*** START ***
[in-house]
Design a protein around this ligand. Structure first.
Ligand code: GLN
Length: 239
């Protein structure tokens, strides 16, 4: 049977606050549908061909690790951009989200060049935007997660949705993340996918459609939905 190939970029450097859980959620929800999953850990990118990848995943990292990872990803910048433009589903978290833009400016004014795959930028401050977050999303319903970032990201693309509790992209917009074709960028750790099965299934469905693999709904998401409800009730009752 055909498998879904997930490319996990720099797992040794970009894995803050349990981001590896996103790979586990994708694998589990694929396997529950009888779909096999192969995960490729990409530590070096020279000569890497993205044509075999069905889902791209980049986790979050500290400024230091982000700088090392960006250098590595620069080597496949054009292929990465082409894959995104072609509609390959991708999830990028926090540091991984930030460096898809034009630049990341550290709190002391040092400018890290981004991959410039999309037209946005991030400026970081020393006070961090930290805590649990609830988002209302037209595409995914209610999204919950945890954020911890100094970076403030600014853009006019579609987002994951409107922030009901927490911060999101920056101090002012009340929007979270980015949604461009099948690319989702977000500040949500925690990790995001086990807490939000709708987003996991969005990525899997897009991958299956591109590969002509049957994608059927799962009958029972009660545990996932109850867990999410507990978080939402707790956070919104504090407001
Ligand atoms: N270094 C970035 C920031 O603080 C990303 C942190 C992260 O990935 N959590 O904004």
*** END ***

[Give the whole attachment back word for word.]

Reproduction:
[in-house]
Design a protein around this ligand. Structure first.
Ligand code: GLN
Length: 239
């Protein structure tokens, strides 16, 4: 049977606050549908061909690790951009989200060049935007997660949705993340996918459609939905 190939970029450097859980959620929800999953850990990118990848995943990292990872990803910048433009589903978290833009400016004014795959930028401050977050999303319903970032990201693309509790992209917009074709960028750790099965299934469905693999709904998401409800009730009752 055909498998879904997930490319996990720099797992040794970009894995803050349990981001590896996103790979586990994708694998589990694929396997529950009888779909096999192969995960490729990409530590070096020279000569890497993205044509075999069905889902791209980049986790979050500290400024230091982000700088090392960006250098590595620069080597496949054009292929990465082409894959995104072609509609390959991708999830990028926090540091991984930030460096898809034009630049990341550290709190002391040092400018890290981004991959410039999309037209946005991030400026970081020393006070961090930290805590649990609830988002209302037209595409995914209610999204919950945890954020911890100094970076403030600014853009006019579609987002994951409107922030009901927490911060999101920056101090002012009340929007979270980015949604461009099948690319989702977000500040949500925690990790995001086990807490939000709708987003996991969005990525899997897009991958299956591109590969002509049957994608059927799962009958029972009660545990996932109850867990999410507990978080939402707790956070919104504090407001
Ligand atoms: N270094 C970035 C920031 O603080 C990303 C942190 C992260 O990935 N959590 O904004």